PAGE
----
alexa Bacteriuria in men infected with HIV-1 is related to their immune status (CD4+ cell count).
Toxicology

Toxicology

Journal of Clinical Toxicology

Author(s): Hoepelman AI, van Buren M, van den Broek J, Borleffs JC

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Abstract OBJECTIVE: Reports from the United States that urinary tract infections (UTI) are more common in homosexual than in heterosexual men have not been confirmed in Europe. The occurrence of several UTI in men infected with HIV-1 has been recorded in The Netherlands. We therefore analysed the relationship between the presence of bacteriuria and the immune status (CD4+ cell count) in these HIV-1-infected patients. DESIGN: Urinary cultures were obtained prospectively for 2 years, during the first visit and every 6 months thereafter, when signs and symptoms of UTI occurred and when patients had fever of unknown origin. CD4+ cell counts were measured at the same time. SETTING: The study was performed at the University Hospital, Utrecht, The Netherlands. PATIENTS, PARTICIPANTS: One hundred and thirty HIV-1-infected men attended our hospital. Data from 98 were analysed. Eighty-nine (91\%) of these men were either homo- or bisexual. MAIN OUTCOME MEASURES: Positive urinary culture. RESULTS: Group 1 (CD4+ cell count less than 200 x 10(6)/l) consisted of 47 patients; 30\% had at least one period of bacteriuria, with 21 episodes. Group 2 (CD4+ cell count 200-500 x 10(6)/l) consisted of 27 patients; 11\% had at least one period of bacteriuria, with five episodes. We did not find bacteriuria in the 24 patients in group 3 (CD4+ cell count greater than 500 x 10(6)/l). The rate of bacteriuria per patient-month, 4 (group 1) versus 2 (group 2), differed significantly (P less than 0.001). A significant relationship between CD4+ cell count and bacteriuria was found (P = 0.00003); no relationship, however, was found with anal intercourse, hospitalization, Karnofsky score, follow-up, or age. CONCLUSION: We conclude that men infected with HIV and presenting with a CD4+ cell count less than 200 x 10(6)/l are at increased risk for bacteriuria.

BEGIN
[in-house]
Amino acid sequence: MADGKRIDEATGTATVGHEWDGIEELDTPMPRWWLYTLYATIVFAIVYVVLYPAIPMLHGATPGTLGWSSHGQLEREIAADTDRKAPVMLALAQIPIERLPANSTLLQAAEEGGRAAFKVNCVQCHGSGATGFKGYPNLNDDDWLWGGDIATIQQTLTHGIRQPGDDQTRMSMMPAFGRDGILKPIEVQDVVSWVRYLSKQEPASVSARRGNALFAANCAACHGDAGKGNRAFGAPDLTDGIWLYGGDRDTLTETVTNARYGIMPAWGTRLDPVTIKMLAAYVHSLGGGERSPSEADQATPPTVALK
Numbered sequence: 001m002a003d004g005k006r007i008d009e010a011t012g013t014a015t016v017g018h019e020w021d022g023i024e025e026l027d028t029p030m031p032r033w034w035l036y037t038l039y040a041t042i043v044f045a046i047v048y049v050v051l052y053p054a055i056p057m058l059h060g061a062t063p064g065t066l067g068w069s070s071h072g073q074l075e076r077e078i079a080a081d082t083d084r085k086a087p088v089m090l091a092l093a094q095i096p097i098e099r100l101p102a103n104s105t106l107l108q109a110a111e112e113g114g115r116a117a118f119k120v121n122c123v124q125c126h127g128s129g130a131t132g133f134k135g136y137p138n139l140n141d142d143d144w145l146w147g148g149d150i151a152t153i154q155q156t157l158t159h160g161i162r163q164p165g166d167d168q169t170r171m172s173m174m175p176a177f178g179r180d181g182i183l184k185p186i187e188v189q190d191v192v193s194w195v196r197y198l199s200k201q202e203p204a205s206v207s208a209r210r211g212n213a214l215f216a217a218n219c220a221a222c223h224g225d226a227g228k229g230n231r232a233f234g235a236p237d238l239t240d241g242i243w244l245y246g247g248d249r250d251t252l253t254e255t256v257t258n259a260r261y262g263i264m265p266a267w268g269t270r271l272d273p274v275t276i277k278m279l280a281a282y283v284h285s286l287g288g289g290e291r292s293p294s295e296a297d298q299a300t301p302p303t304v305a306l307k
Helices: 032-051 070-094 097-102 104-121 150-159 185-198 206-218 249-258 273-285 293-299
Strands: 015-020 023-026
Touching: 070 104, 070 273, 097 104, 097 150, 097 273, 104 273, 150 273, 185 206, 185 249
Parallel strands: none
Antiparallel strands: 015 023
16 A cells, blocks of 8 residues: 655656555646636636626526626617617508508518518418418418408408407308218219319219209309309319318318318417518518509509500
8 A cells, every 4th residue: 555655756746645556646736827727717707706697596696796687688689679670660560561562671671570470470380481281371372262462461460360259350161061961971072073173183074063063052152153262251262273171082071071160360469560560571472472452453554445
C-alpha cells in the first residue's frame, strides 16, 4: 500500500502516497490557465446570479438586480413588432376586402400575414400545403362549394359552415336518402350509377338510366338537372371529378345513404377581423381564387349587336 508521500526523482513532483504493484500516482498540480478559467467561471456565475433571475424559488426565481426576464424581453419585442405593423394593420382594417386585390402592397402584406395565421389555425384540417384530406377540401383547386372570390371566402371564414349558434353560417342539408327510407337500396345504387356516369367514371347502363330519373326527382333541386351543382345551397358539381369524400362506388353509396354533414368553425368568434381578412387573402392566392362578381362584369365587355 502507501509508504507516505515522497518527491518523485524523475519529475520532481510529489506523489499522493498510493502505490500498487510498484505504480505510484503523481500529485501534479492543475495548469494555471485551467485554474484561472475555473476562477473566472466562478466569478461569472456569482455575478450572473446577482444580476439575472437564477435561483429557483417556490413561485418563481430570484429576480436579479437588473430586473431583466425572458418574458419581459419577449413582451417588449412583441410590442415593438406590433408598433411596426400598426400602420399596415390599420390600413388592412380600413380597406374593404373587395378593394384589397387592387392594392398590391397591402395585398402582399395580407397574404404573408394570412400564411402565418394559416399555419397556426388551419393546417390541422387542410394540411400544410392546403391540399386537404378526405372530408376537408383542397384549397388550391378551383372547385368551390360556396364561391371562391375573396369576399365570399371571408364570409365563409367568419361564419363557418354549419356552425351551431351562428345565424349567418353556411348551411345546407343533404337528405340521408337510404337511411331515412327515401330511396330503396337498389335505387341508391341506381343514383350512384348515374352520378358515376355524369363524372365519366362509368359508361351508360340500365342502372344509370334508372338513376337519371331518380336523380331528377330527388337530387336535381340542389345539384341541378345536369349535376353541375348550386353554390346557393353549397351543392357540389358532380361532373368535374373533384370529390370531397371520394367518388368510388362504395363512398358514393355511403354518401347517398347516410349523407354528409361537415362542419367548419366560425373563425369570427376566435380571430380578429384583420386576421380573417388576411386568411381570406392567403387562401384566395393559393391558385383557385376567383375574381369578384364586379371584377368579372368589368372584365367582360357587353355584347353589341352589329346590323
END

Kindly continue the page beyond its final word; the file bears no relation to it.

This article was published in AIDS and referenced in Journal of Clinical Toxicology

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